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Pear pruning help

BibluBiblu Posts: 27
Hey there, 

We planted a pear tree, at the end of 2018, and were thrilled to get some flowers summer 2019 but they promptly fell off and we didn't get any fruit. We didn't worry as I seem to recall reading it would take a couple of years before we got anything to eat?

I'm keen to become a pro in keeping the pear tree as we love to grow things we can eat, so I was looking for some advice on how to prune it (plus any other tips).

I did a quick search on the forum, but nothing beats personalised advice.

I think I pruned last year and this year based on something I read about 'goblet' shaped (removing side-growing or crossing branches) - but I seem to now have two 'leaders' - so now I'm not sure how to best prune...maybe should have asked before I got the clippers out at the weekend  :D

It's a 'Patio Conference' according to the label, if that helps



  • pansyfacepansyface Posts: 22,693
    Step away from the secateurs....

    Leave it be.

    Come back in the autumn.😊
    Apophthegm -  a big word for a small thought.
    If you live in Derbyshire, as I do.
  • BibluBiblu Posts: 27
    pansyface said:
    Step away from the secateurs....

    Leave it be.

    Come back in the autumn.😊

    Hahaha step away from the secateurs made me actually laugh out loud!

    i think I’ve become a bit fanatical about pruning it because I wanted to be sure to get it right, while it was young. 

    I’ll turn the secateurs to something else in the garden and stop terrorising the pear tree :-)

  • BibluBiblu Posts: 27
    @pansyface after heading your advice and stepping away from the secateurs last year, we were rewarded with a single pear, and I was over the moon! So much so that I picked it too early and it was a little hard, still enjoyed it though!

    Anyway, I'm back to understand whether I should be pruning again this year, or stepping away from the secateurs? 

    I notice that this year there is a lot more 'branching out' higher up the three main stems, which I guess is a good thing as that's where the pears will grow?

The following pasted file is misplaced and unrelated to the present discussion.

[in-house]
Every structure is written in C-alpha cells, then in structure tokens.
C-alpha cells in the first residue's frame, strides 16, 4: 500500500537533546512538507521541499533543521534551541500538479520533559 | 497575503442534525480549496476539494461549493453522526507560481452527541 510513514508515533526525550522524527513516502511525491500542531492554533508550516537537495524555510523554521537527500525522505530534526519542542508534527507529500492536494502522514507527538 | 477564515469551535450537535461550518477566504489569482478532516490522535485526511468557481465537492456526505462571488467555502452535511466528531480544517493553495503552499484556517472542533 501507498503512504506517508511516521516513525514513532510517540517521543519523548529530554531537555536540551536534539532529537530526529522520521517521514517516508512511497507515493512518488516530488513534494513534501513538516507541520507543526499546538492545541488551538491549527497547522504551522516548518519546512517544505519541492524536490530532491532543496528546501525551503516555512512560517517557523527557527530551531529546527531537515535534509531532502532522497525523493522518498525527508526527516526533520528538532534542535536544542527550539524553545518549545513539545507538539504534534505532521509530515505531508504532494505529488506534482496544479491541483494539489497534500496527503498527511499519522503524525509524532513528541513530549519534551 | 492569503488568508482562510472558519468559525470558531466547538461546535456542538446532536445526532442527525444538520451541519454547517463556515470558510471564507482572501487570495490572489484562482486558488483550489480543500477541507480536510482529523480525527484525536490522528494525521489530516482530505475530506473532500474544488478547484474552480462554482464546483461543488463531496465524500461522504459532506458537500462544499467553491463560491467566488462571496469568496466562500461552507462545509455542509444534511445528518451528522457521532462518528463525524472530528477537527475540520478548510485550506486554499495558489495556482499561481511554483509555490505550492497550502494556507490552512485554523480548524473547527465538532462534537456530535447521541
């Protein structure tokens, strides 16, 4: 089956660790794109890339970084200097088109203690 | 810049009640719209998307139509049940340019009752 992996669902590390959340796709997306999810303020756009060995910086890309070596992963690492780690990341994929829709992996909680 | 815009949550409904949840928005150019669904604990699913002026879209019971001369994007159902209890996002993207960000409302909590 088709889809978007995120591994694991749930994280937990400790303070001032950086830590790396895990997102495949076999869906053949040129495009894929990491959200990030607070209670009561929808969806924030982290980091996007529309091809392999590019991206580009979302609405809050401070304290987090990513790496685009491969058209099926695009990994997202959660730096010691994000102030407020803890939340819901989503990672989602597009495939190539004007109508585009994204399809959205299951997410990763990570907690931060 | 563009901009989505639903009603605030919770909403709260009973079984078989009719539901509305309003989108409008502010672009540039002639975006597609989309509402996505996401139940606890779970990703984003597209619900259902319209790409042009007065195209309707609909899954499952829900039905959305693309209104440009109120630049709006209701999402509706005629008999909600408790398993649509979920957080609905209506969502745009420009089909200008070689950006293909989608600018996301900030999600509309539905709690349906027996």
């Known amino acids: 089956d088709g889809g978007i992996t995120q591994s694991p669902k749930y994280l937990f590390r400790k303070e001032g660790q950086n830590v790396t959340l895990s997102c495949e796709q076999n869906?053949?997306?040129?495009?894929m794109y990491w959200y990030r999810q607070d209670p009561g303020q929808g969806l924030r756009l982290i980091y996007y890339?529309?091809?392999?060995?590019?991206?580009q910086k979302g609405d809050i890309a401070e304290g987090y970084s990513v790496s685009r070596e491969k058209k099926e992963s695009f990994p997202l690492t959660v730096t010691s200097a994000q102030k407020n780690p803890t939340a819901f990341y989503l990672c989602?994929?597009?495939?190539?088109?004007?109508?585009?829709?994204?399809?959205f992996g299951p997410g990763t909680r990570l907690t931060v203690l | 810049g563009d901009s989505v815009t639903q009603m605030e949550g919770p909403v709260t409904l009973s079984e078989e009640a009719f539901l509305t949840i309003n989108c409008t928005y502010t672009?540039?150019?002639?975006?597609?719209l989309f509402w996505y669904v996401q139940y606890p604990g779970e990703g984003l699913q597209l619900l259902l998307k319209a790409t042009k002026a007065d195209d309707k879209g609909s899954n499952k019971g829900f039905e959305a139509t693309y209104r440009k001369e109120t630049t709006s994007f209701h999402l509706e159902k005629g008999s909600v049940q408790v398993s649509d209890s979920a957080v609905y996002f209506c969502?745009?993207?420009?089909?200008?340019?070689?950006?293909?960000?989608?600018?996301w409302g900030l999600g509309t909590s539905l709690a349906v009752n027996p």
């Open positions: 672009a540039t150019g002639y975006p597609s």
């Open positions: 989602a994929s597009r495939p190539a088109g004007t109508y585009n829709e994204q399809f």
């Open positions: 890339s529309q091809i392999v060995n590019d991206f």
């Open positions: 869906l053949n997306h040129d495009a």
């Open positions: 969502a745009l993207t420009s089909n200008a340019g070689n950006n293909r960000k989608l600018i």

Should I be pruning as the red lines in the photo below to:
    1. Encourage the tree's energy towards branching out rather than growing upwards? It is 150cm tall, I'm happy for it to be taller though
    2. Cut out distracting new stems, because the 5 I already have are enough?

    Thanks for any advice :-)
  • Sorry not much of great help here. But - it hasn't grown much for another year. Essentially everything visible now was there a year ago - it's like managed shoots of just a few inches at the tips of the branches. Could be because it's a 'patio' variety, so presumably grafted onto a rootstock which will keep it quite small. Cutting off those tiny bits where you've drawn the lines is neither here nor there - such a tiny amount. And I don't see reason to remove anything larger (and think of pruning in the middle of winter, if the need arises, rather than just when it's going to burst into growth). So I think I'd just leave it alone. Observe where you get the flowers - maybe some will be at the tips of those little bits that grew last year, but will mainly be on those little (one inch or so long) shoots on the sides of the branches which you seem to have quite a lot of - look at the right hand branch - a year ago there were just 3 about to flower, but now there are 12 or so - these are the 'fruiting spurs' which should go on the flower/fruit for a few years. Hopefully you'll get a more pears this year - depending on pollination of the flowers - Conference is supposed to be (at least partially) self-fertile.
  • BibluBiblu Posts: 27
    Thanks @clarke.brunt, I was also a little underwhelmed when I looked at the growth since last year, but I'm hoping that it is because it is a dwarf stock (and probably not in ideal conditions) and I took hope in the fact there are so many more shoots further up the stems :smile:

    I shall put the secateurs down once again and patiently wait till autumn!
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